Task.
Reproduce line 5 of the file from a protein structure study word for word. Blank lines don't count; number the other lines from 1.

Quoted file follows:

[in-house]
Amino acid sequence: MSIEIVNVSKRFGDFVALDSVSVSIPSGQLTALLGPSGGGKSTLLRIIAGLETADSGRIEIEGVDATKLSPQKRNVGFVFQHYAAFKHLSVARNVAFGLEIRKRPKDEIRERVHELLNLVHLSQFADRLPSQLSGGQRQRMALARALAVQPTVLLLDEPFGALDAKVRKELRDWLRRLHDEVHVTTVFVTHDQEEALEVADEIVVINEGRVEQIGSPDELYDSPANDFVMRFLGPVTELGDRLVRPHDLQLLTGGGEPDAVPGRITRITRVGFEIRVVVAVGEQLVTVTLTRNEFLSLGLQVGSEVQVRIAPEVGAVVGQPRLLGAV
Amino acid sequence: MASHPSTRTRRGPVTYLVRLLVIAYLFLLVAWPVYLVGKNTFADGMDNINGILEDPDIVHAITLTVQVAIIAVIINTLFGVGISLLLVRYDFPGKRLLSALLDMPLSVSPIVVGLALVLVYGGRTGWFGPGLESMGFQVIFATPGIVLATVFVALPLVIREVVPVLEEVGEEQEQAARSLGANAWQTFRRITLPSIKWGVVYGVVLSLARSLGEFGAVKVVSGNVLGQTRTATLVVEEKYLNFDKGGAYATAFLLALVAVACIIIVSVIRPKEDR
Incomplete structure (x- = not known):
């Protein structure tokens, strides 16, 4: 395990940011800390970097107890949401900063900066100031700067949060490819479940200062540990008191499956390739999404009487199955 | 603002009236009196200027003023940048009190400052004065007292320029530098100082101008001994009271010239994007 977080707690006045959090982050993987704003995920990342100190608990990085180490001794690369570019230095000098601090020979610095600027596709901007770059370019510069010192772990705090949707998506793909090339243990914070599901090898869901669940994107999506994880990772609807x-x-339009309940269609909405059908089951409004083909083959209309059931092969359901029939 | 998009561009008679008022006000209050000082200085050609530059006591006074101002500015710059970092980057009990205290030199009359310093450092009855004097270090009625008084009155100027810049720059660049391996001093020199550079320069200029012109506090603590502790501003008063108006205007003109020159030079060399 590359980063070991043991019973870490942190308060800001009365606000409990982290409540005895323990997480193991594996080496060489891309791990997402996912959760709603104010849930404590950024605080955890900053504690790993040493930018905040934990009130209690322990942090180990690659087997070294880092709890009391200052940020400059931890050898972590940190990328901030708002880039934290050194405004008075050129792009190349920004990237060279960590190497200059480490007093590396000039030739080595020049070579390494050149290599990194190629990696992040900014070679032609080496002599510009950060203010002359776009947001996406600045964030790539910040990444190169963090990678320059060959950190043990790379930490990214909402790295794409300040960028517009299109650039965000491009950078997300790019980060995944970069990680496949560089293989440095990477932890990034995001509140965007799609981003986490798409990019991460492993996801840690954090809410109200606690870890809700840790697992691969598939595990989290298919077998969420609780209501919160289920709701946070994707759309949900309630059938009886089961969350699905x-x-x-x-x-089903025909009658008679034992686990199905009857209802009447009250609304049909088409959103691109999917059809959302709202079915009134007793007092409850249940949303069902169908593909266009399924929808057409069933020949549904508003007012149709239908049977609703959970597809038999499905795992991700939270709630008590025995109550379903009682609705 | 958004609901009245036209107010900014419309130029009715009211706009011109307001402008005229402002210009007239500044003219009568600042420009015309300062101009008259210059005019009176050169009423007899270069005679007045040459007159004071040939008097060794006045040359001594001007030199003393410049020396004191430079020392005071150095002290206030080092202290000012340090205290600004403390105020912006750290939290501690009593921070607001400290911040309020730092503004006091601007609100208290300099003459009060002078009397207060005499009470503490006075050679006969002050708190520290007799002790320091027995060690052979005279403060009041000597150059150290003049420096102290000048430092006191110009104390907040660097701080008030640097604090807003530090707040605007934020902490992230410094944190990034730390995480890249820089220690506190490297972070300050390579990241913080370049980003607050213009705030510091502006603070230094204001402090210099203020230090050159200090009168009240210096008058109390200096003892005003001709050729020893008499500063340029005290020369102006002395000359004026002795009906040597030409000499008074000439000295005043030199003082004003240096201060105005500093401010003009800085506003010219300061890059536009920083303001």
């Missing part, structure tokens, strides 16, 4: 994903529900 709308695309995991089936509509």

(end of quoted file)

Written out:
């Protein structure tokens, strides 16, 4: 395990940011800390970097107890949401900063900066100031700067949060490819479940200062540990008191499956390739999404009487199955 | 603002009236009196200027003023940048009190400052004065007292320029530098100082101008001994009271010239994007 977080707690006045959090982050993987704003995920990342100190608990990085180490001794690369570019230095000098601090020979610095600027596709901007770059370019510069010192772990705090949707998506793909090339243990914070599901090898869901669940994107999506994880990772609807x-x-339009309940269609909405059908089951409004083909083959209309059931092969359901029939 | 998009561009008679008022006000209050000082200085050609530059006591006074101002500015710059970092980057009990205290030199009359310093450092009855004097270090009625008084009155100027810049720059660049391996001093020199550079320069200029012109506090603590502790501003008063108006205007003109020159030079060399 590359980063070991043991019973870490942190308060800001009365606000409990982290409540005895323990997480193991594996080496060489891309791990997402996912959760709603104010849930404590950024605080955890900053504690790993040493930018905040934990009130209690322990942090180990690659087997070294880092709890009391200052940020400059931890050898972590940190990328901030708002880039934290050194405004008075050129792009190349920004990237060279960590190497200059480490007093590396000039030739080595020049070579390494050149290599990194190629990696992040900014070679032609080496002599510009950060203010002359776009947001996406600045964030790539910040990444190169963090990678320059060959950190043990790379930490990214909402790295794409300040960028517009299109650039965000491009950078997300790019980060995944970069990680496949560089293989440095990477932890990034995001509140965007799609981003986490798409990019991460492993996801840690954090809410109200606690870890809700840790697992691969598939595990989290298919077998969420609780209501919160289920709701946070994707759309949900309630059938009886089961969350699905x-x-x-x-x-089903025909009658008679034992686990199905009857209802009447009250609304049909088409959103691109999917059809959302709202079915009134007793007092409850249940949303069902169908593909266009399924929808057409069933020949549904508003007012149709239908049977609703959970597809038999499905795992991700939270709630008590025995109550379903009682609705 | 958004609901009245036209107010900014419309130029009715009211706009011109307001402008005229402002210009007239500044003219009568600042420009015309300062101009008259210059005019009176050169009423007899270069005679007045040459007159004071040939008097060794006045040359001594001007030199003393410049020396004191430079020392005071150095002290206030080092202290000012340090205290600004403390105020912006750290939290501690009593921070607001400290911040309020730092503004006091601007609100208290300099003459009060002078009397207060005499009470503490006075050679006969002050708190520290007799002790320091027995060690052979005279403060009041000597150059150290003049420096102290000048430092006191110009104390907040660097701080008030640097604090807003530090707040605007934020902490992230410094944190990034730390995480890249820089220690506190490297972070300050390579990241913080370049980003607050213009705030510091502006603070230094204001402090210099203020230090050159200090009168009240210096008058109390200096003892005003001709050729020893008499500063340029005290020369102006002395000359004026002795009906040597030409000499008074000439000295005043030199003082004003240096201060105005500093401010003009800085506003010219300061890059536009920083303001």